Truss Design and Postural Hygiene

Truss Design and Postural Hygiene

As offsite (remote) truss designers, we don´t have to drive every morning to the office or spend several hours of our week in the traffic. We don’t have the luxury of walking into the office from the parking lot. Our “office” is a room or a corner in our home. What has not changed from working in a traditional office to home are the hours we spend sitting in front of the computer.

Maybe we are spending more time sitting down, working offsite than we would in an office, as there are no chats around the water cooler or lunch breaks with our colleagues. In regular working conditions offsite designers will spend  around 180-240 consecutive minutes at the computer without standing up. So what´s the problem?  Usually we´re not used to paying attention to our posture while we are sitting! The extra time added to a regular position  that is inadequate can become a serious health issue.

One of the most common problems is…you guessed it… lower back pain. The symptoms and pathologies can be very broad but the causes are the same: Too much continuous time in a compromising position. If we are overweight, we add to the equation and the problem can get even worse.

Another common issue is what is known as Sciatica. This is the irritation of the sciatic nerve (one of the largest of the nervous system) and its roots go from the spine´s lower section to the legs all the way to the toes.


The most common symptoms of sciatica are:

  1. Lower back pain
  2. Buttocks pain, and numbness, pain or weakness in various parts of the leg and foot
  3. Other symptoms may include a “pins and needles” sensation, or tingling and difficulty moving or controlling the leg

Typically, symptoms only manifest on one side of the body. The pain may radiate above the knee, but does not always. Some relief can be felt when we lay down or take a walk.  Eventually it gets worse when we remain stationary (standing or sitting).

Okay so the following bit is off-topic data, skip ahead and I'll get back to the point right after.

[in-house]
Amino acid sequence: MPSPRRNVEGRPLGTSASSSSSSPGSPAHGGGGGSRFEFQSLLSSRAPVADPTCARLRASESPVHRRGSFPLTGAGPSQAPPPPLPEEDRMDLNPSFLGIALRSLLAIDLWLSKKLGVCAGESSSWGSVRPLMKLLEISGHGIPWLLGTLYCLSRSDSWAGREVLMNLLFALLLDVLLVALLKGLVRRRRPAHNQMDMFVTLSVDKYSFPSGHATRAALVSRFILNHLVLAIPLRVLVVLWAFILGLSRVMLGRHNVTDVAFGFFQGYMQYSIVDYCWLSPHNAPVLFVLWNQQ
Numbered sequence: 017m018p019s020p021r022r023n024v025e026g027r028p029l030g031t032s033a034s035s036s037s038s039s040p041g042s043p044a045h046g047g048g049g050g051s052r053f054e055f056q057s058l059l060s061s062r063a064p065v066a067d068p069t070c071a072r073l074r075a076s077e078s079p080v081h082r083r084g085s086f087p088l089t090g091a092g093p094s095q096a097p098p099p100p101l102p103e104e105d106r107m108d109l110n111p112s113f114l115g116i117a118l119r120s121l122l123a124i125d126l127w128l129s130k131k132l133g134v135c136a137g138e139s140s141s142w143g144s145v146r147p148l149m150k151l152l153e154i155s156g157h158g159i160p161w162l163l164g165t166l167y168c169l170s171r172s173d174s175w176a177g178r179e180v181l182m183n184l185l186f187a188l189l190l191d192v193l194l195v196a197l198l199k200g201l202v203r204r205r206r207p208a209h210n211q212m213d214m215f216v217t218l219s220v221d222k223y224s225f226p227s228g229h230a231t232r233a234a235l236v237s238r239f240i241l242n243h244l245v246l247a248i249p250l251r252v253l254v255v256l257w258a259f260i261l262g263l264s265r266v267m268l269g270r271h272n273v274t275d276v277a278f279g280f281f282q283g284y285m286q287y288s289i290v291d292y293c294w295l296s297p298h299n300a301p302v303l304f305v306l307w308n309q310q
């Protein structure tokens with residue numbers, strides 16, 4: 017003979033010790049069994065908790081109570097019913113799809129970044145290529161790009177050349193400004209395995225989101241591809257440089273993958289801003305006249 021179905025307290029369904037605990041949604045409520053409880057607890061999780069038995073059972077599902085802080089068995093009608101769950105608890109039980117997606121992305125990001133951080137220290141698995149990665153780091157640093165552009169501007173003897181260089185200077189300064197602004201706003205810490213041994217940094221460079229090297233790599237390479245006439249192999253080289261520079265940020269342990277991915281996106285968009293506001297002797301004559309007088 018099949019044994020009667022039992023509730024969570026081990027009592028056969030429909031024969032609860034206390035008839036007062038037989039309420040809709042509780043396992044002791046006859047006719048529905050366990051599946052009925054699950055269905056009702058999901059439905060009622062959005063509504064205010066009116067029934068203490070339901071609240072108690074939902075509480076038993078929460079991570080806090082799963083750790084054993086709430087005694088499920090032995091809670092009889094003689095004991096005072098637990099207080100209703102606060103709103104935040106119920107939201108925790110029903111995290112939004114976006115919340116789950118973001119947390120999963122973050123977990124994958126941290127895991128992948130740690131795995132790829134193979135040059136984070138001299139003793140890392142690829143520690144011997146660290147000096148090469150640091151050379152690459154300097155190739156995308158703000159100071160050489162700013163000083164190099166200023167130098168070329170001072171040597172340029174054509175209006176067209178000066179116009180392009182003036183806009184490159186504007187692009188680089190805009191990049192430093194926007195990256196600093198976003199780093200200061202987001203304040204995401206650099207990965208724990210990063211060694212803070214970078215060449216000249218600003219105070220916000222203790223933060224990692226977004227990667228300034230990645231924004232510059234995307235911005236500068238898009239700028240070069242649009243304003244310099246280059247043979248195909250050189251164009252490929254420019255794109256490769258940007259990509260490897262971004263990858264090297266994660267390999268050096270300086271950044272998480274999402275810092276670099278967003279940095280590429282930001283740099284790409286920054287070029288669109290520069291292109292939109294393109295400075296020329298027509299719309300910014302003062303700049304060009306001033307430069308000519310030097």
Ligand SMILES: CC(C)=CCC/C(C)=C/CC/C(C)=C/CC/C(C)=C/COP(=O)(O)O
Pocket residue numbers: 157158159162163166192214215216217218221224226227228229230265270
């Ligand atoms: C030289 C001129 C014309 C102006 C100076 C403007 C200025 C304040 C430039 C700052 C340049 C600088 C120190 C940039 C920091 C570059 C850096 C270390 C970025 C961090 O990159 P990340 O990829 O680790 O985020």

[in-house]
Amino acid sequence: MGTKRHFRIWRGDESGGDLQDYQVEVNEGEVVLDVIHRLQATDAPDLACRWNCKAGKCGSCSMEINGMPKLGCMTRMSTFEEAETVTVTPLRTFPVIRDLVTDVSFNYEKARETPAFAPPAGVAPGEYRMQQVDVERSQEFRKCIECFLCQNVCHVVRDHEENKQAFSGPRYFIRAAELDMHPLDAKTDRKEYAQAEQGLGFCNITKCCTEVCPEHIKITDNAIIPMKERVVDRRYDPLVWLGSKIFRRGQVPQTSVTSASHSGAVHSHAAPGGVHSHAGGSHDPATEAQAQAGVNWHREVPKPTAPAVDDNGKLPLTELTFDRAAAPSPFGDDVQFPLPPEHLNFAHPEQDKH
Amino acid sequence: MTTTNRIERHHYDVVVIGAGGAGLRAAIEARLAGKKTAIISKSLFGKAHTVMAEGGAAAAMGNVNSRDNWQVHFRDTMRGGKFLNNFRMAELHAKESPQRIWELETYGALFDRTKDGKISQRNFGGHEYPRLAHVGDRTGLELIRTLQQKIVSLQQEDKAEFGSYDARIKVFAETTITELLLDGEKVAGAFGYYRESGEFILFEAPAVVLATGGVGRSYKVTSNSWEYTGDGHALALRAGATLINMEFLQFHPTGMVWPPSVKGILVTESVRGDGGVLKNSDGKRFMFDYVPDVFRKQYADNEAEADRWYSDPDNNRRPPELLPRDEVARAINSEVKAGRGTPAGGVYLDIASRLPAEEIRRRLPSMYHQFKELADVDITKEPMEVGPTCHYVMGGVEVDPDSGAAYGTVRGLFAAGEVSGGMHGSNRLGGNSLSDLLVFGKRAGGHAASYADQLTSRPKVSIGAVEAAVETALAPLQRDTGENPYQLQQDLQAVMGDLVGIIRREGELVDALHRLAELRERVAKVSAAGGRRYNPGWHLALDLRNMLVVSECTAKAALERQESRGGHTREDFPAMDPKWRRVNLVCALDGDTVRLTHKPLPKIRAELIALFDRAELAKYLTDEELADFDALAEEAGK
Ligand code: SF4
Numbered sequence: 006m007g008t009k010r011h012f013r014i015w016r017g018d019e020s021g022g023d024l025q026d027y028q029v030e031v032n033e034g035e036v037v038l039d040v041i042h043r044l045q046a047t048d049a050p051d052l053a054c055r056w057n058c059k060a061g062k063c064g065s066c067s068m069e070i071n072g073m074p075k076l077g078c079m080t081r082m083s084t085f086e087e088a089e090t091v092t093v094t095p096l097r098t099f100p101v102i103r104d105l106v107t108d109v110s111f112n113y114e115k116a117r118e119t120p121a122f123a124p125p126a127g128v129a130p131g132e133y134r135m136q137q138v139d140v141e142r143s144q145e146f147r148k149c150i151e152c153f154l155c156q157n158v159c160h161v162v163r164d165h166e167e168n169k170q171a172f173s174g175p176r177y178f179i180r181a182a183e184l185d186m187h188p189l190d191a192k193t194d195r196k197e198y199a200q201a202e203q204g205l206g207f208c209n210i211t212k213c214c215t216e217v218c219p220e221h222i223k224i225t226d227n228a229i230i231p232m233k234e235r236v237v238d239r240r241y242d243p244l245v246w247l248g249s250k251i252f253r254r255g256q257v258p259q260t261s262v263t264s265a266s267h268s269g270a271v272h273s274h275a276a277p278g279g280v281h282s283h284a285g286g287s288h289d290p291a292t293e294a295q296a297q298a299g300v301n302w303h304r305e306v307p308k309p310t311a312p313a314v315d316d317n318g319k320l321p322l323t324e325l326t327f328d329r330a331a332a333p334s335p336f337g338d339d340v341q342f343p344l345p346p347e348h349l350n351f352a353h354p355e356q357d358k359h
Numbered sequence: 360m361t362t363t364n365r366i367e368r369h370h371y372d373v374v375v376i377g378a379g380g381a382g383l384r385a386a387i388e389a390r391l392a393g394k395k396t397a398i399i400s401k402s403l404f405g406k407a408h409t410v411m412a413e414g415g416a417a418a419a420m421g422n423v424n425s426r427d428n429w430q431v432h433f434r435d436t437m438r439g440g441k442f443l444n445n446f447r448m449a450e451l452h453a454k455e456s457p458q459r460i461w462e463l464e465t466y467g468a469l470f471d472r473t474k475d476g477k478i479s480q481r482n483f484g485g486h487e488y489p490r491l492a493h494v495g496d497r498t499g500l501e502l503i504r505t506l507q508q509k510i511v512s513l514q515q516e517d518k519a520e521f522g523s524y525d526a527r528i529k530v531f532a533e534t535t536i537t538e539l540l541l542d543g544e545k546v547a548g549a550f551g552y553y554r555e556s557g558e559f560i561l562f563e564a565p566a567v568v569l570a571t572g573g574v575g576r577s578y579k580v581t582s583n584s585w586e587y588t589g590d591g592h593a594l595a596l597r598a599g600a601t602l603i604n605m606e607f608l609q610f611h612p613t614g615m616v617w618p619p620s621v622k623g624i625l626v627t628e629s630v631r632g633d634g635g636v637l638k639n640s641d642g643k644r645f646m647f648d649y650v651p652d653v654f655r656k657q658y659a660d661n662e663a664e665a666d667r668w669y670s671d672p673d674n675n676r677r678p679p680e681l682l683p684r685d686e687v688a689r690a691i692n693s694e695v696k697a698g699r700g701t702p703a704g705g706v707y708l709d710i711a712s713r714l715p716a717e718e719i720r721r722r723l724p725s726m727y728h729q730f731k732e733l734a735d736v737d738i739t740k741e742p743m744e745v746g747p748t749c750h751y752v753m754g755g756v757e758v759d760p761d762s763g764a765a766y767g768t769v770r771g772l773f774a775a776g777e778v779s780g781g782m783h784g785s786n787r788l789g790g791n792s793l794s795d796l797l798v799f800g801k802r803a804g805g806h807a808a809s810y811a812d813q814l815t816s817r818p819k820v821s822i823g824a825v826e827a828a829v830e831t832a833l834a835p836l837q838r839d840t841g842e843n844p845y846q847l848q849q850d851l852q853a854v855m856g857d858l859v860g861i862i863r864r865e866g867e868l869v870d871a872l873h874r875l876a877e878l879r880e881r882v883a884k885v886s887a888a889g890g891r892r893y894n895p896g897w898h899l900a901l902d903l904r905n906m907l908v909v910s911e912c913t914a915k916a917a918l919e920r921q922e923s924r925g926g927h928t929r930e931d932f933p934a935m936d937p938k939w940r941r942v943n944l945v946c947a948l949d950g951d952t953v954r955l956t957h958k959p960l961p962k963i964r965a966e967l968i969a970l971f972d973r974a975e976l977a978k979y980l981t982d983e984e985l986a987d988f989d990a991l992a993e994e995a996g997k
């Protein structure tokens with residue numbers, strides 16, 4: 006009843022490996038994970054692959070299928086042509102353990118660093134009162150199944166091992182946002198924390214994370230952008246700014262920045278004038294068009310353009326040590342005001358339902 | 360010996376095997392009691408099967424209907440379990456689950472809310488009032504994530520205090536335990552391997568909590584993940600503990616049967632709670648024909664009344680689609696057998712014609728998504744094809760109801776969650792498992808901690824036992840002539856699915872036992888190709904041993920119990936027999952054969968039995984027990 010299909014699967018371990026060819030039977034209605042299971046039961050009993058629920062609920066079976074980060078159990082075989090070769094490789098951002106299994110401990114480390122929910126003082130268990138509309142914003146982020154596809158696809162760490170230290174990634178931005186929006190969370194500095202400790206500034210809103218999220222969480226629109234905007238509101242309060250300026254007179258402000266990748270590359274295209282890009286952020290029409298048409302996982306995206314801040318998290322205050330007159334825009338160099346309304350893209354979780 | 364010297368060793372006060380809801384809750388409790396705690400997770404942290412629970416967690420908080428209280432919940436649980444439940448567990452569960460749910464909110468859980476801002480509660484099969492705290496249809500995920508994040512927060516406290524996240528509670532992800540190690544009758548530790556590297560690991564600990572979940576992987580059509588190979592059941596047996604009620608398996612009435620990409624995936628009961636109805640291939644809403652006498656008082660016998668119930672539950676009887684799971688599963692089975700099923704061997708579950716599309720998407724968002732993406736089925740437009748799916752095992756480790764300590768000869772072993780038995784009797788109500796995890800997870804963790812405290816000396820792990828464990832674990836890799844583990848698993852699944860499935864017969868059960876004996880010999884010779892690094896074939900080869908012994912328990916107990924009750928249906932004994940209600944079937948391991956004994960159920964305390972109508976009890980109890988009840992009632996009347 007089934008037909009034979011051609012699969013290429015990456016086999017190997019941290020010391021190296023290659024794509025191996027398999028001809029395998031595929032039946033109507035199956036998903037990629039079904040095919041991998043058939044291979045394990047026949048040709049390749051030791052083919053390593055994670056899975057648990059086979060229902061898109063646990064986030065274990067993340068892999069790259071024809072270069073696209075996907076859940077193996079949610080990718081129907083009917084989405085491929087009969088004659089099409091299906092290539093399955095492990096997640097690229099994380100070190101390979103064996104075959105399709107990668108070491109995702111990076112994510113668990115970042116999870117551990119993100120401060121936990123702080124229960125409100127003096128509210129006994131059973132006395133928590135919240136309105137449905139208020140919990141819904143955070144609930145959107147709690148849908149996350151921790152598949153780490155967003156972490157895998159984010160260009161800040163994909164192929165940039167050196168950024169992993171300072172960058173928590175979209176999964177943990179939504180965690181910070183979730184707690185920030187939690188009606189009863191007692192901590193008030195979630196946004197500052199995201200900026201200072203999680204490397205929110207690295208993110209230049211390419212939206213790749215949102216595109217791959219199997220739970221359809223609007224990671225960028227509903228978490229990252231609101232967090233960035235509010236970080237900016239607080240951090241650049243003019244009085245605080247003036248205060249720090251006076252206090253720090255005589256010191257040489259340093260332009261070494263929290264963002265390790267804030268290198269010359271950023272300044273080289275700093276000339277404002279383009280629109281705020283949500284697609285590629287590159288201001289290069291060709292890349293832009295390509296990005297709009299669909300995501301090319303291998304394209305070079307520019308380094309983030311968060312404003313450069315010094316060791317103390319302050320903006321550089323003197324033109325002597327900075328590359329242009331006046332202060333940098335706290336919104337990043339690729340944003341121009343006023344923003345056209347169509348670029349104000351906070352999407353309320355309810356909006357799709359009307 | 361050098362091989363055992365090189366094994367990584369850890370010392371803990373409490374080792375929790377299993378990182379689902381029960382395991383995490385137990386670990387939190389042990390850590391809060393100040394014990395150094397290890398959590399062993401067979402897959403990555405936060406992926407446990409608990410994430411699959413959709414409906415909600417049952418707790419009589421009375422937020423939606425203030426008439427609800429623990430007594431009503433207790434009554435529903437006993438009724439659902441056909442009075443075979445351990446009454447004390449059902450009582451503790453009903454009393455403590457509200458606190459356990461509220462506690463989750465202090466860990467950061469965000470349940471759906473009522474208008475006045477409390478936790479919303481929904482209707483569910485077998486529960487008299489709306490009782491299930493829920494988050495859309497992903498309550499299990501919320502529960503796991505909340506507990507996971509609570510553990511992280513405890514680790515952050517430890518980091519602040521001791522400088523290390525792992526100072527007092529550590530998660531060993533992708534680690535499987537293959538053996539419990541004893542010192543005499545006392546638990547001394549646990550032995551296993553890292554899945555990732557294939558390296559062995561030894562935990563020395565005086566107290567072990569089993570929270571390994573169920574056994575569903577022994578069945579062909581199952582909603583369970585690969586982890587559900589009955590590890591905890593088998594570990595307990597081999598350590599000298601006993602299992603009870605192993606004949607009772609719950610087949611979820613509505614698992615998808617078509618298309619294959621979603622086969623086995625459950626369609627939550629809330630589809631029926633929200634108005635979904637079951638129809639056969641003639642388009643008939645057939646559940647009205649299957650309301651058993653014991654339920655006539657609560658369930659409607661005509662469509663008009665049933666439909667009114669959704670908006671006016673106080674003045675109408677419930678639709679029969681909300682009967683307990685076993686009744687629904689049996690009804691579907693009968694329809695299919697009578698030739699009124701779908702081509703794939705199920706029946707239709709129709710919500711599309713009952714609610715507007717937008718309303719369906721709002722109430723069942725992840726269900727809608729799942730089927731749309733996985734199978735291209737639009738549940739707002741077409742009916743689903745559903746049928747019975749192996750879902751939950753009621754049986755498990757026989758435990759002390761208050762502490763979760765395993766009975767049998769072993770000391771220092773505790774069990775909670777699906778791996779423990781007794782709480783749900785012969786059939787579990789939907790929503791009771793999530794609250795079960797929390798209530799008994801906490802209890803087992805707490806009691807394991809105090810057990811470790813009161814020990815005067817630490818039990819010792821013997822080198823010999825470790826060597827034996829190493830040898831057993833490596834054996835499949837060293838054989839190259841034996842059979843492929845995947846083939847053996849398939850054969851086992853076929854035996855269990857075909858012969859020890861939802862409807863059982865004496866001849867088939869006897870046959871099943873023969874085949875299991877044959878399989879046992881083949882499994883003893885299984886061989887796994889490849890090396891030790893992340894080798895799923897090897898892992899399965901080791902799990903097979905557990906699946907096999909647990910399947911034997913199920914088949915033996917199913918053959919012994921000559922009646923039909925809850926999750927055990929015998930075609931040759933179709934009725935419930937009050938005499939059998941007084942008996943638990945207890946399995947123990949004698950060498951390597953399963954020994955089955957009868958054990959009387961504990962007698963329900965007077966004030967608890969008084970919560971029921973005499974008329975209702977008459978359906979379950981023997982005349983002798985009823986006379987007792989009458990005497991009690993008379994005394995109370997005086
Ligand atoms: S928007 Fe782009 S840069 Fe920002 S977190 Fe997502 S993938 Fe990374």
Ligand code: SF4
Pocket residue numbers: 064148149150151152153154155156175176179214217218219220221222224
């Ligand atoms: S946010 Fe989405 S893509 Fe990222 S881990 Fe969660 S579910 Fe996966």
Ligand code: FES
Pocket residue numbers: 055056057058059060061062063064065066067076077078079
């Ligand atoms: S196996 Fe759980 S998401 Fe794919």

In some cases sciatica can be the result of a specific sudden movement and will go away in about 4 to 6 weeks.  However, in other cases these sensations can be the sign of other issues like a herniated disc. Keep in mind that sciatica is a symptom, not a disease itself. A herniated disc can be also the result of bad posture that develops over time. When we are overweight, the risk factor multiplies.

The problem is that we work at home, sitting most of the day in front of a computer! We work with wood components, but we are not physically carrying the lumber itself! Common sense would tell you that bending and lifting would be a risk factor, but sitting?

This info graphic shows the typical tips we must be aware of to foster healthy posture in our work area:


Ensure that your chair has also an adjustable arm support so you can align it with your desk. According the International Labour Organization (ILO), the proper height for a desk is 27.5-29.5 in (70-75cm). Keep that in mind if you are looking for a new desk.

Just as important as the desk is the chair we sit in all day. As we can see in the picture, the chair must:

  • Have adjustable height
  • Have wheels (a plastic carpet to make maneuvering easier is recommended)
  • Allow rocking (maybe not as much as the rocking chair in the porch but enough to add some movement to your sitting routine and stimulate blood circulation)

The sedentary way of life is causing us as much trouble (if not more) as smoking did in the 70´s. Click here to read more about that. Why? Because the lack of activity reduces the response of the body and can increase the risk of:

  • Diabetes
  • Obesity
  • Blood pressure
  • Heart disease

The strange part is that we are not even aware of how serious sitting for extended periods of time is to our health! The ILO also recommends 5 minutes standing for every 60 minutes sitting. So watch your weight, add some exercise routine to your life and take care of your posture at your place of work. Small price to pay for your health!

Maybe you have taken a course in postural hygiene or studied how it applies in your work life and you can say yes, sit well, don´t smoke, go to the gym, blah, blah, blah……..but as Andre Gide said: “Everything has been said before, but since nobody listens we have to keep going back and beginning all over again.”

Do you realize how important postural hygiene is for truss designers? Or for anyone sitting behind a desk working on a computer for that matter?

It´s not going to help you with that parallel chord vault or that tail-bearing girder you are working on right now. It probably won’t help you to get that 36’ clear-span floor truss to work either. But it certainly will help you to have a longer span of life and design many more of them.

Javier Dominguez – Design Professional

Gould Design, Inc.